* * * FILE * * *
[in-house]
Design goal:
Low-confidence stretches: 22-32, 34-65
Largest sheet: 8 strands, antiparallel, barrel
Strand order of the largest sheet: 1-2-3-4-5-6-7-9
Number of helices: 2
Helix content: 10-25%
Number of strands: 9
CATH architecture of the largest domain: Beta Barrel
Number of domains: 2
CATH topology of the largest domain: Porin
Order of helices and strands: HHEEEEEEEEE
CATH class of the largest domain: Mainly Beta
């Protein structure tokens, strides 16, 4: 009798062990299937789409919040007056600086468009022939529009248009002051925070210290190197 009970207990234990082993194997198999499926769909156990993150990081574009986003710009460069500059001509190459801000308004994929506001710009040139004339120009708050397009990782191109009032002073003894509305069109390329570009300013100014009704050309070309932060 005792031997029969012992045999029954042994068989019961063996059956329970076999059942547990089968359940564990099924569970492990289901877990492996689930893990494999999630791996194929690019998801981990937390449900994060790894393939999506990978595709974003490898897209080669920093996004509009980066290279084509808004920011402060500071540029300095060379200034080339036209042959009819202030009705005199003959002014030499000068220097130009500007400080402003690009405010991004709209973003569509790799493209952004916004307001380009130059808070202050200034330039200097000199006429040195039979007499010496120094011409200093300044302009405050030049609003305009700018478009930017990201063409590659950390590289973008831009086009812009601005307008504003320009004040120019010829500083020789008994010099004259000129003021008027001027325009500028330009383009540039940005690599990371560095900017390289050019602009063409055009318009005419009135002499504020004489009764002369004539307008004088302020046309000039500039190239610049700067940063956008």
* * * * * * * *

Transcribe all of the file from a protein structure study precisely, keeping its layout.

[in-house]
Design goal:
Low-confidence stretches: 22-32, 34-65
Largest sheet: 8 strands, antiparallel, barrel
Strand order of the largest sheet: 1-2-3-4-5-6-7-9
Number of helices: 2
Helix content: 10-25%
Number of strands: 9
CATH architecture of the largest domain: Beta Barrel
Number of domains: 2
CATH topology of the largest domain: Porin
Order of helices and strands: HHEEEEEEEEE
CATH class of the largest domain: Mainly Beta
């Protein structure tokens, strides 16, 4: 009798062990299937789409919040007056600086468009022939529009248009002051925070210290190197 009970207990234990082993194997198999499926769909156990993150990081574009986003710009460069500059001509190459801000308004994929506001710009040139004339120009708050397009990782191109009032002073003894509305069109390329570009300013100014009704050309070309932060 005792031997029969012992045999029954042994068989019961063996059956329970076999059942547990089968359940564990099924569970492990289901877990492996689930893990494999999630791996194929690019998801981990937390449900994060790894393939999506990978595709974003490898897209080669920093996004509009980066290279084509808004920011402060500071540029300095060379200034080339036209042959009819202030009705005199003959002014030499000068220097130009500007400080402003690009405010991004709209973003569509790799493209952004916004307001380009130059808070202050200034330039200097000199006429040195039979007499010496120094011409200093300044302009405050030049609003305009700018478009930017990201063409590659950390590289973008831009086009812009601005307008504003320009004040120019010829500083020789008994010099004259000129003021008027001027325009500028330009383009540039940005690599990371560095900017390289050019602009063409055009318009005419009135002499504020004489009764002369004539307008004088302020046309000039500039190239610049700067940063956008």